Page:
Where do we go from here?
This isn’t where we intended to be
We had it all, you believed in me
I believed in you

Certainties disappear
What do we do for our dream to survive?
How do we keep all our passions alive
As we used to do?

Deep in my heart I’m concealing
Things that I’m longing to say
Scared to confess what I’m feeling
Frightened you’ll slip away

You must love me
You must love me

Why are you at my side?
How can I be any use to you now?
Give me a chance and I’ll let you see how
Nothing has changed

Deep in my heart I’m concealing
Things that I’m longing to say
Scared to confess what I’m feeling
Frightened you’ll slip away

You must love me
You must love me

You must love me

Today in Madonna History: October 21, 2000

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On October 21 2000, Madonna’s Music single peaked at #3 on Billboard Hot 100 Airplay chart in the USA.

Slant magazine review:

The title track, a retro hands-in-the-air club song reminiscent of Debbie Deb’s When I Hear Music and Madonna’s own Into The Groove, is the singer’s best dancefloor-beckoning track since Vogue. She sings “Music makes the people come together” like a track off of her debut album, and as an added bonus she uses words like “bourgeoisie” and “acid-rock” with equal abandon.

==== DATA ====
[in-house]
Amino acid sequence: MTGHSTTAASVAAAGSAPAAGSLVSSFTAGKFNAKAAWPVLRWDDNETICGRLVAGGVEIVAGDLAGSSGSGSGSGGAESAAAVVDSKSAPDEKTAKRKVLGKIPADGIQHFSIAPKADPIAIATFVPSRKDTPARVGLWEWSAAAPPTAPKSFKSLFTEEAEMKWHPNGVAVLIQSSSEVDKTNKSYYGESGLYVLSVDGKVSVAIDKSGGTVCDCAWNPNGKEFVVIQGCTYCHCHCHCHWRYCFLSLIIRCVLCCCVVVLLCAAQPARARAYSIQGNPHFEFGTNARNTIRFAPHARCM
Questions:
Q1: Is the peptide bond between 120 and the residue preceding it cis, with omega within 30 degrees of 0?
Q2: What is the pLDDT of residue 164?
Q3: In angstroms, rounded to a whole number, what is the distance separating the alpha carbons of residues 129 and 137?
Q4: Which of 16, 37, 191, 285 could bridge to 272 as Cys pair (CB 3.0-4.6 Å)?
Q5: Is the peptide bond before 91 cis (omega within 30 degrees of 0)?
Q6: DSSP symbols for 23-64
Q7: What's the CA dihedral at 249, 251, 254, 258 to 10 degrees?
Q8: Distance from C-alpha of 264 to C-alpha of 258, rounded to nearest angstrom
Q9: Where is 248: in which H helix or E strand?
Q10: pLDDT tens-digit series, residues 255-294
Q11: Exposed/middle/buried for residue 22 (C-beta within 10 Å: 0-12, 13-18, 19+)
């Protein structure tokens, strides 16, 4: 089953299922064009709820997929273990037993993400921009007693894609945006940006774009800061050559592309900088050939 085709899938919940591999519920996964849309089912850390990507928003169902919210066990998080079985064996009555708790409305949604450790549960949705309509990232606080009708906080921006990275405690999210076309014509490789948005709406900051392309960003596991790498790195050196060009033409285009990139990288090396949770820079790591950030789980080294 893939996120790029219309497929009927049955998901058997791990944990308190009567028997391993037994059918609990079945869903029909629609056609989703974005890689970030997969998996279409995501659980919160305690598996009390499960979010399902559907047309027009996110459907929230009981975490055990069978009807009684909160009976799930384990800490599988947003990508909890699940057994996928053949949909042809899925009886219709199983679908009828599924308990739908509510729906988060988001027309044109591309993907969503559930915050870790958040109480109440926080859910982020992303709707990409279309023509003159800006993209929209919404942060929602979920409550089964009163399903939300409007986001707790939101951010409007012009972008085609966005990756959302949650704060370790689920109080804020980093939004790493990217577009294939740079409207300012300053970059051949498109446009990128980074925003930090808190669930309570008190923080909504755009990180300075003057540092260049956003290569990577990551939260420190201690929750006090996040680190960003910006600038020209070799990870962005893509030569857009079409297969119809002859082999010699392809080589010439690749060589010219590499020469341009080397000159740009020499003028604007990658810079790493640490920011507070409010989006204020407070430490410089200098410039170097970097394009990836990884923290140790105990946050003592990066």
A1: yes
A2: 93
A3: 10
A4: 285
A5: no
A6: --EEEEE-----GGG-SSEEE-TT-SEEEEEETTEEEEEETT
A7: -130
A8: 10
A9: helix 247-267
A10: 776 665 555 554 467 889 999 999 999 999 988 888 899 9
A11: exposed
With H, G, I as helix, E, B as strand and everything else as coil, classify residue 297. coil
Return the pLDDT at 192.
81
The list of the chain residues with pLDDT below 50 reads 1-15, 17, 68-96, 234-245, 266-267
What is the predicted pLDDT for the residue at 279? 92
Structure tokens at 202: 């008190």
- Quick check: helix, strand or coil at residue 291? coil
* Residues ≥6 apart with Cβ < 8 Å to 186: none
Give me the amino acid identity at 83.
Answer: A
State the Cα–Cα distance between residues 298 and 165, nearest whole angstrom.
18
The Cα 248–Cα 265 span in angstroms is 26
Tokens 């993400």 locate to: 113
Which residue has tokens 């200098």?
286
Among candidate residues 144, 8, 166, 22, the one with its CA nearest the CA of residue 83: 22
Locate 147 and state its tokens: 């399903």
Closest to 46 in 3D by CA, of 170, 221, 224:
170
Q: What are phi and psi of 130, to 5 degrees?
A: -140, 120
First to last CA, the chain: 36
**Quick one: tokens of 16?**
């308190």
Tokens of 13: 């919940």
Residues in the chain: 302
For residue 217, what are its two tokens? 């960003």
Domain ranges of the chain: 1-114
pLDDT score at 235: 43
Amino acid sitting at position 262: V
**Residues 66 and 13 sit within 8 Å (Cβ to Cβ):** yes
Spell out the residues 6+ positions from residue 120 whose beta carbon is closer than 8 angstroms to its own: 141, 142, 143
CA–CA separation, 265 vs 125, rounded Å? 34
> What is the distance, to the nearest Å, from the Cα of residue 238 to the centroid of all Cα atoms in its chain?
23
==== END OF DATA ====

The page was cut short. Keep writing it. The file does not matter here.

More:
Today in Madonna History: October 20, 1984

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On October 20 1984, Madonna’s Lucky Star hit #4 the Billboard Hot 100 Singles chart in the USA.

Jellybean Benitez said this of the Lucky Star recording session:

“She was unhappy with the whole damn thing, so I went in and sweetened up a lot of music for her, adding some guitars to Lucky Star, some voices, some magic.  I just wanted to do the best job I could do for her. When we would play back Holiday or Lucky Star, you could see that she was overwhelmed by how great it all sounded. You wanted to help her, you know? As much as she could be a bitch, when you were in the groove with her, it was very cool, very creative.”

Today in Madonna History: October 19, 2002

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On October 19 2002, Madonna’s Die Another Day debuted at #41 on the Billboard Hot 100 in the USA.  The hit single spent 17 weeks on the chart, eventually peaking at #8 on November 9.

Today in Madonna History: October 18, 2005

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On October 18 2005, the lead single for Madonna’s Confessions on a Dance Floor album, Hung Up, was released.

Rolling Stone magazine had this to say about the release:

Going back to disco, as she always does and always should, the queen hustled up a chintzy-sounding Abba sample, a drag queen’s wet dream of a chorus, and Stuart Price’s electrobeats. The result? One of her most captivating hits ever — and thanks to those deceptively hard-hitting lyrics, one of her most personal.

The following tracks were included on the Hung Up CD maxi-single:

Radio Version
SDP Extended Vocal
Tracy Young’s Get Up and Dance Groove Edit
Bill Hamel Remix
Chus & Ceballos Remix
SDP Extended Dub